Turning a new leaf: 20th Toronto Comic Festival returns in person

This poster advertised the 2022 Toronto Comic Arts Festival. [Photo @ Celia Bildfell]

It all started in a church basement in 2003 and today, two decades later, the Toronto Toronto Comic Arts Festival (TCAF) has been set up in Toronto’s reference library, welcoming 6,000 patrons in nobody last weekend.

The festival brings together artists, authors and avid readers to celebrate the diversity and artistry of comics and perhaps pick up a favorite or two from over 130 exhibits. Events included live drawings and signings by one of 32 featured artists. In addition, TCAF organized workshops for children and adults.

One of the exhibitors was House of Anansi Press, Canada’s largest independent publisher. This year was the fifth time the publisher presented an exhibit at the festival, said Karen Brochu, vice president of sales and marketing.

One of Canada’s best-known children’s books, The Breadwinner, now has a graphic novel version. It was on display at the festival. [Photo @ Celia Bildfell]

On display at the Anansi booth was a graphic novel version of The Breadwinner, a well-known children’s book by Deborah Ellis. “We have the graphic novel version of The Breadwinner which was an Oscar-nominated movie,” Brochu explains.

“We (also) have a lot of Jillian and Mariko Tamaki, big names here at TCAF, and we’re really proud to showcase their work,” says Brochu.

“The vast majority of our creators are Canadian, but we have really interesting works that we like to bring in from various places around the world, whether it’s Sweden or India, we also have international creators,” she said. added.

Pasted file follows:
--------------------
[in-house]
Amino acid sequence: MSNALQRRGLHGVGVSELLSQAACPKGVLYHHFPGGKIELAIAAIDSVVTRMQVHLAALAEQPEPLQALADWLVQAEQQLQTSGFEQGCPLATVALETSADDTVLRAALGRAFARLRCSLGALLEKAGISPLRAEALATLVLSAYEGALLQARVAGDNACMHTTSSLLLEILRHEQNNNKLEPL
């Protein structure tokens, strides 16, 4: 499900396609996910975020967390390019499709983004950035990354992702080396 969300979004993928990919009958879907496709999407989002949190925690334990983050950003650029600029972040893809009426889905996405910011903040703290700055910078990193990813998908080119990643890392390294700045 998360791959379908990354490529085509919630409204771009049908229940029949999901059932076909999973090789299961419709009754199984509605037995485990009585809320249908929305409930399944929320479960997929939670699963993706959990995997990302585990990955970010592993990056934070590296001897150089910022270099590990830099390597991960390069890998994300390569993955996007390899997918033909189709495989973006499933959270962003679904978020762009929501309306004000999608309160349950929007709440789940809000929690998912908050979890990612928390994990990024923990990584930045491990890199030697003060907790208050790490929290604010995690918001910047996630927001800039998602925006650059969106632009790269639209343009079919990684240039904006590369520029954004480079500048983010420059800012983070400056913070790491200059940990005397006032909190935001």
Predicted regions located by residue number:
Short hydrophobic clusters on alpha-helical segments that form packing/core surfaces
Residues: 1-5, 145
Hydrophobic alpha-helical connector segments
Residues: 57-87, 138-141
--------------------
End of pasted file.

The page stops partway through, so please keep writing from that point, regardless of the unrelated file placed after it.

Although the event is organized and started in Toronto, it features works by international artists.

The ground floor was packed on the last day of the festival. [Photo @ Celia Bildfell]

One of the international comic creators is Maria Hoey, co-founder of Coin-Op Books. It was his 10th festival.

“Coin-Op is our press,” she says. “My brother and I write and draw, we have been doing it for a long time, since 1997.”

Coin-Op’s exhibition showed the extent of their work. [Photo @ Celia Bildfell]

Hoey started as a professional illustrator doing editorial work before entering the world of comics. “Honestly, I’ve never been into comics, until my brother and I started doing comics and then we were approached by a publisher and that’s how we started.”

The siblings grew up in New York, although brother Peter now lives in California. Many of their comics have a musical theme. A few have been nominated for Eisner Awards which are presented at Comic-Con International.

The graphic novels company npm presented their books at the Toronto Comic Arts Festival. [Photo @ Celia Bildfell]

Exhibits featured works featuring superheroes, animals, and even music legends, including the Rolling Stones, Beatles, Bob Marley, Janis Joplin, and Michael Jackson.

If you want to see what you missed in person, the festival continues online until June 25.

Here’s a look at the Beatles comic strip from npm’s graphic novels. [Photo @ Celia Bildfell]

Daniel K. Denny